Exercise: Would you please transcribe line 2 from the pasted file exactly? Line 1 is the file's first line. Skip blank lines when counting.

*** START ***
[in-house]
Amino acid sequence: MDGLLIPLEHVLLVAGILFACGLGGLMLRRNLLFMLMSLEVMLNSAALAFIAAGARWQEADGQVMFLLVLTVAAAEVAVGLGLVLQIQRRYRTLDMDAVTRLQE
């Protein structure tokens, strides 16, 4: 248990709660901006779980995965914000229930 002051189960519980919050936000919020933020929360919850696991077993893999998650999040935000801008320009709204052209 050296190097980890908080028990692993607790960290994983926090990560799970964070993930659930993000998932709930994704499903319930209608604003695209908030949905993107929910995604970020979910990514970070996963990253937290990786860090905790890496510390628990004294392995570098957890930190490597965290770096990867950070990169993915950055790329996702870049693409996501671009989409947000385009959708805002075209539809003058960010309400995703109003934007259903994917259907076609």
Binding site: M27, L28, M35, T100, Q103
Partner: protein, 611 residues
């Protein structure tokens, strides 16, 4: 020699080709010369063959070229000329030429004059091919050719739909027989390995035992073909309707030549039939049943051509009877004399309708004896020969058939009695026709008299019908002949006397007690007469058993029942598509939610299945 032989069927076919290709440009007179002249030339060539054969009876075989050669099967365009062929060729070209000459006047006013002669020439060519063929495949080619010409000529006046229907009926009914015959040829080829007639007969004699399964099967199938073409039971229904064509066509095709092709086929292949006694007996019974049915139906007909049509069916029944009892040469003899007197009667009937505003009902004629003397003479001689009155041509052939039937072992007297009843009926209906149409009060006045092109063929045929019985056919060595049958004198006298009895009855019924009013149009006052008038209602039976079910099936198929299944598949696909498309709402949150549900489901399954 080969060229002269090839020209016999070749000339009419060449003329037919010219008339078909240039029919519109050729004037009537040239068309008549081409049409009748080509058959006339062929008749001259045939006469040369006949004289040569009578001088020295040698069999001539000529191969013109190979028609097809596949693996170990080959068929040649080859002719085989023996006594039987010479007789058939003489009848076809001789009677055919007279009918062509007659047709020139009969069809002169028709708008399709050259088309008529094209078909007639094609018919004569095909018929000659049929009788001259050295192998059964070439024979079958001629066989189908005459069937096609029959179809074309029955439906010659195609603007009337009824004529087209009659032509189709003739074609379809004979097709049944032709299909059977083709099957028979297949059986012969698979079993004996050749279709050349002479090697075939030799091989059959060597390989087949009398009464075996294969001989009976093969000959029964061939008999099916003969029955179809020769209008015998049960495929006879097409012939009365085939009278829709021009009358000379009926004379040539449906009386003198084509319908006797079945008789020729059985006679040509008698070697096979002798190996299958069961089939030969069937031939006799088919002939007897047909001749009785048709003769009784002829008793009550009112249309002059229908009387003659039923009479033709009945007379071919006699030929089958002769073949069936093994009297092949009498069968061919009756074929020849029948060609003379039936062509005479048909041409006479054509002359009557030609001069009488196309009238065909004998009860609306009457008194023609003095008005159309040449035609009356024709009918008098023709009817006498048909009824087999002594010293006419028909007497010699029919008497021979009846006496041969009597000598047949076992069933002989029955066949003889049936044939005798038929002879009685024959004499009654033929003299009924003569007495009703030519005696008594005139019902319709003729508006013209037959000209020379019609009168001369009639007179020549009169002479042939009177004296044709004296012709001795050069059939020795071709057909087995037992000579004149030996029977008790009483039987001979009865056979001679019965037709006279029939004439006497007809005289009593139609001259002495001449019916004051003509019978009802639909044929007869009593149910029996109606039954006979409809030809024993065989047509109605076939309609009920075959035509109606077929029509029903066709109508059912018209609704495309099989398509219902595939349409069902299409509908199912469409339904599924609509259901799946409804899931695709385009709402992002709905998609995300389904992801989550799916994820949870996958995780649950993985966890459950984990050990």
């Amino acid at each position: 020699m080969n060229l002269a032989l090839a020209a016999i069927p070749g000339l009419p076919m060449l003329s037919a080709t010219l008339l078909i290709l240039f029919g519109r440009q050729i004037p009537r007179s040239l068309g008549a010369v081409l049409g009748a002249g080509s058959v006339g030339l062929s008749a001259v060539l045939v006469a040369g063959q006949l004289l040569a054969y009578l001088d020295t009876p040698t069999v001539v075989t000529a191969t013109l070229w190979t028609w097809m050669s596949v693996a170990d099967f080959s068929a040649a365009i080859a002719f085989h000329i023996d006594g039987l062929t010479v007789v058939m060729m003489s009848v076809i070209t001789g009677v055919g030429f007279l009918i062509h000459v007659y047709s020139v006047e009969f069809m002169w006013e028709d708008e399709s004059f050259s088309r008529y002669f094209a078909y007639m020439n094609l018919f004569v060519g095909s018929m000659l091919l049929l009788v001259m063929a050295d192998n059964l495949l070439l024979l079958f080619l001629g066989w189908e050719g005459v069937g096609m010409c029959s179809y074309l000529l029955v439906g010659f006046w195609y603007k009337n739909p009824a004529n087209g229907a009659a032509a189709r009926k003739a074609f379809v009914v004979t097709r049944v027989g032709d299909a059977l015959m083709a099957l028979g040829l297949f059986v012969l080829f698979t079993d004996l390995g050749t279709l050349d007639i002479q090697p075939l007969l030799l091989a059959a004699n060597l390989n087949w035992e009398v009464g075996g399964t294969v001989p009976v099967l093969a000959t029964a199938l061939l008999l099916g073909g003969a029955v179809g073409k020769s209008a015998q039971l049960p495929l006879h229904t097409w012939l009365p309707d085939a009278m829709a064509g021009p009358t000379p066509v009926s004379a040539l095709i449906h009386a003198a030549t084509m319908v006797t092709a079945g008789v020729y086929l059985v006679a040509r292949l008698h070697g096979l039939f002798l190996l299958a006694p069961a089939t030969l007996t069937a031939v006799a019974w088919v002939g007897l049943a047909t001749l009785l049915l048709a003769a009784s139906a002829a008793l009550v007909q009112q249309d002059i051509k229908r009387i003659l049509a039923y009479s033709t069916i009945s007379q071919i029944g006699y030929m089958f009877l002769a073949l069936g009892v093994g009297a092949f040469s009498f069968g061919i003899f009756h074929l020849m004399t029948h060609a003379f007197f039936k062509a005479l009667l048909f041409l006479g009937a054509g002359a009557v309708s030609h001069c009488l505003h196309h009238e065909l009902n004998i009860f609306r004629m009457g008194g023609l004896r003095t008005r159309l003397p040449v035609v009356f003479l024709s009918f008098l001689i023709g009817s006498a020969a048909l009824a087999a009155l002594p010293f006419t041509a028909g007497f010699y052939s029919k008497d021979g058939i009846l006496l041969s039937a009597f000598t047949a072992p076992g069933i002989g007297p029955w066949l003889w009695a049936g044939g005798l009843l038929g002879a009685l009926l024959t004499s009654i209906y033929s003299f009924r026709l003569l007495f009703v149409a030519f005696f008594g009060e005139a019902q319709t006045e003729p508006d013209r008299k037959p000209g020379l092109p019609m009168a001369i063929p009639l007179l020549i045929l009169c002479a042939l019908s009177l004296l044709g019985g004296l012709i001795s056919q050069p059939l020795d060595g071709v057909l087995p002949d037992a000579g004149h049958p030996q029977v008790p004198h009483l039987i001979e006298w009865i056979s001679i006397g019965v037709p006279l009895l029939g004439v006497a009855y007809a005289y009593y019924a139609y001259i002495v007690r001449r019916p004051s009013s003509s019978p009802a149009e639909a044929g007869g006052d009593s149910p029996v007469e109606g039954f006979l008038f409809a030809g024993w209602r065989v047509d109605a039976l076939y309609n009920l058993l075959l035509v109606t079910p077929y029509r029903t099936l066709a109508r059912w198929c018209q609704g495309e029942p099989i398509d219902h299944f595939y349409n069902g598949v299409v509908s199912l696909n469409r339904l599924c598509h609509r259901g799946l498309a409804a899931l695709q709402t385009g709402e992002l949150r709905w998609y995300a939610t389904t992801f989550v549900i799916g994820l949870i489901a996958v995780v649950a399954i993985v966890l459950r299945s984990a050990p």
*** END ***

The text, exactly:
Amino acid sequence: MDGLLIPLEHVLLVAGILFACGLGGLMLRRNLLFMLMSLEVMLNSAALAFIAAGARWQEADGQVMFLLVLTVAAAEVAVGLGLVLQIQRRYRTLDMDAVTRLQE